In past presentations, I’ve discussed sourcing methods including robots, spiders and URL manipulation, suggesting there are sometimes high risks for recruiters that use these methods. The Courts interpret the CFAA on a case-by-case basis to determine when “accessing a protected computer” is considered “hacking.” The problem is, many lawyers and computer experts say the CFAA is outdated and over-broad in scope. In some cases, prosecutors go after minor uses of the Internet, like downloading lists or sharing information by email.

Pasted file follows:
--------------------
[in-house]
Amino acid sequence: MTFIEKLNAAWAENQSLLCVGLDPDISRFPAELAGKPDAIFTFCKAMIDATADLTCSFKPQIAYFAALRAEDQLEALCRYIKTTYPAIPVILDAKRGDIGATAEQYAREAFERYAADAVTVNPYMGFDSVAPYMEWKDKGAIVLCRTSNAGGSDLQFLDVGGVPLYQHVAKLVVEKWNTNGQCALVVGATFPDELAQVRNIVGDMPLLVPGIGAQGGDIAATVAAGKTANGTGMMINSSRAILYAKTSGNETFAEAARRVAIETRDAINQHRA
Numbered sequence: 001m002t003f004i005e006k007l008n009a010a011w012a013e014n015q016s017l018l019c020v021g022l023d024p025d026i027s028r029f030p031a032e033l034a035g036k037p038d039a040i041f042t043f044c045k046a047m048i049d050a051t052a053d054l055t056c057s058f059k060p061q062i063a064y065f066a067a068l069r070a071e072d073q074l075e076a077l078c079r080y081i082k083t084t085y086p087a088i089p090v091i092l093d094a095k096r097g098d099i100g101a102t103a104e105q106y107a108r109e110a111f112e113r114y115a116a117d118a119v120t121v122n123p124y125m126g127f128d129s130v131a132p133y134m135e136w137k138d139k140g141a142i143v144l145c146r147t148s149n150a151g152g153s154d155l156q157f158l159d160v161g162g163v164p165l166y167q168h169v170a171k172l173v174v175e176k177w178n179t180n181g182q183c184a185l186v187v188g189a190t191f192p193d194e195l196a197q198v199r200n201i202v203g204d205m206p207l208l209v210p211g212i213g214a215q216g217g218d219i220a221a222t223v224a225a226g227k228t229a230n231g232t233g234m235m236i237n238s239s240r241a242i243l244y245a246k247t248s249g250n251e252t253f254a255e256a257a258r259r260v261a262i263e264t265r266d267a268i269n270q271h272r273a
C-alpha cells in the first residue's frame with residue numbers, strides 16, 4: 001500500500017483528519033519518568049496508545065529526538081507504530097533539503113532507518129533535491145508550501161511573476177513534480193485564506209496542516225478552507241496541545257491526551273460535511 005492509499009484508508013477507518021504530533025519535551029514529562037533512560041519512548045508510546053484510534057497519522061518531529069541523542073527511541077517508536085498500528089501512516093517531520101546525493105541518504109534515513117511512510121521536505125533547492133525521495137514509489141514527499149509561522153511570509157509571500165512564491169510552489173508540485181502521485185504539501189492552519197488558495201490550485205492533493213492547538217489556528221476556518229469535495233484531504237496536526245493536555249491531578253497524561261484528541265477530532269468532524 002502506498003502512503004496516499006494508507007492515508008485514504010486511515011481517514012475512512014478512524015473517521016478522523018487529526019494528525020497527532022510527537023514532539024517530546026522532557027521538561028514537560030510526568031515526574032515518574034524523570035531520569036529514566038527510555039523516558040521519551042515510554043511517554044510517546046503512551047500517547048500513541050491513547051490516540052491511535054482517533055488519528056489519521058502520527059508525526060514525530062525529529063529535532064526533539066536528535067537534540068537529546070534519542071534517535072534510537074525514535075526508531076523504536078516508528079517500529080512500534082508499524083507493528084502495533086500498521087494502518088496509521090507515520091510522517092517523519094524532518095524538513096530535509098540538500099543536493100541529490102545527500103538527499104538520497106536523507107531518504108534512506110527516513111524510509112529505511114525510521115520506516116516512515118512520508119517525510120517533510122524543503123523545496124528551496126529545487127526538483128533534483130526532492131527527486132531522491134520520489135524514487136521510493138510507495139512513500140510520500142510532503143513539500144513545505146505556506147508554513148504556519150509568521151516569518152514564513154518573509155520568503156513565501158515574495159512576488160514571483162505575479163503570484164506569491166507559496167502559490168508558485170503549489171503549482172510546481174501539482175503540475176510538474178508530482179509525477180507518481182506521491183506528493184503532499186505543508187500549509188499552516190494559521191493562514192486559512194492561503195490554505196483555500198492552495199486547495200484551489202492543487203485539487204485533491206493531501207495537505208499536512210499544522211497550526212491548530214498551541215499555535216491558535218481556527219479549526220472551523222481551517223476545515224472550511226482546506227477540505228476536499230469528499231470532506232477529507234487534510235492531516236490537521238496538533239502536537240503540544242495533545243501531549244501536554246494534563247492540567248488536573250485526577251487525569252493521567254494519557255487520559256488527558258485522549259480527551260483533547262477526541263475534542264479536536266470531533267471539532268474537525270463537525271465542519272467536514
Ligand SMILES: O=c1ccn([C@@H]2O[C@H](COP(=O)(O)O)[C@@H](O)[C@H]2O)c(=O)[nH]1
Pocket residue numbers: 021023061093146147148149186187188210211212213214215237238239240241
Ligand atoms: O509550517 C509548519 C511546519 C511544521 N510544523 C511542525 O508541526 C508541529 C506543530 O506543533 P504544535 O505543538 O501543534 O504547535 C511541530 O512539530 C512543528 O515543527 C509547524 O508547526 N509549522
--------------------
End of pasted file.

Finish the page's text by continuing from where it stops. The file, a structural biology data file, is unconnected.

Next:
There is an important case pending in the US Court of Appeals (Third Circuit) regarding the use of automation to manipulate URLs and scrape email addresses that Sourcers need to pay attention to. The highly controversial ruling tells us that under the CFAA, just because a website is publicly accessible and does not require a password, it does not always mean you have permission to access it and use or collect the information you find.